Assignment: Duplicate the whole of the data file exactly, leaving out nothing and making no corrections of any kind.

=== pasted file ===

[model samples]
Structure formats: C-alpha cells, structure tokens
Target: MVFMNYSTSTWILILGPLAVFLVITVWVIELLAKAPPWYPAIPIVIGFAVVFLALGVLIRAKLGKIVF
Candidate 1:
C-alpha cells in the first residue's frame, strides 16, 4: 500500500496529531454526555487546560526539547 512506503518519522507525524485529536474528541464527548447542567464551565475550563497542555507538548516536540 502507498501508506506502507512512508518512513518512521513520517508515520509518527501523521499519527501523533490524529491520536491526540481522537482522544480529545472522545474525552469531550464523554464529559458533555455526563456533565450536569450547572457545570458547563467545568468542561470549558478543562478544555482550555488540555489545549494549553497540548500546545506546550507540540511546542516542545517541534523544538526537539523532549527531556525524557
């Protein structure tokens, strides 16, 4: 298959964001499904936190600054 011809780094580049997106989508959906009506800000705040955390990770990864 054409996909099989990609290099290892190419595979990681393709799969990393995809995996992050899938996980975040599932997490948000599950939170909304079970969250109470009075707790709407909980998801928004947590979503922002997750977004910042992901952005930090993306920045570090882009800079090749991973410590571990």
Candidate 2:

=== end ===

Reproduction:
[model samples]
Structure formats: C-alpha cells, structure tokens
Target: MVFMNYSTSTWILILGPLAVFLVITVWVIELLAKAPPWYPAIPIVIGFAVVFLALGVLIRAKLGKIVF
Candidate 1:
C-alpha cells in the first residue's frame, strides 16, 4: 500500500496529531454526555487546560526539547 512506503518519522507525524485529536474528541464527548447542567464551565475550563497542555507538548516536540 502507498501508506506502507512512508518512513518512521513520517508515520509518527501523521499519527501523533490524529491520536491526540481522537482522544480529545472522545474525552469531550464523554464529559458533555455526563456533565450536569450547572457545570458547563467545568468542561470549558478543562478544555482550555488540555489545549494549553497540548500546545506546550507540540511546542516542545517541534523544538526537539523532549527531556525524557
């Protein structure tokens, strides 16, 4: 298959964001499904936190600054 011809780094580049997106989508959906009506800000705040955390990770990864 054409996909099989990609290099290892190419595979990681393709799969990393995809995996992050899938996980975040599932997490948000599950939170909304079970969250109470009075707790709407909980998801928004947590979503922002997750977004910042992901952005930090993306920045570090882009800079090749991973410590571990």
Candidate 2: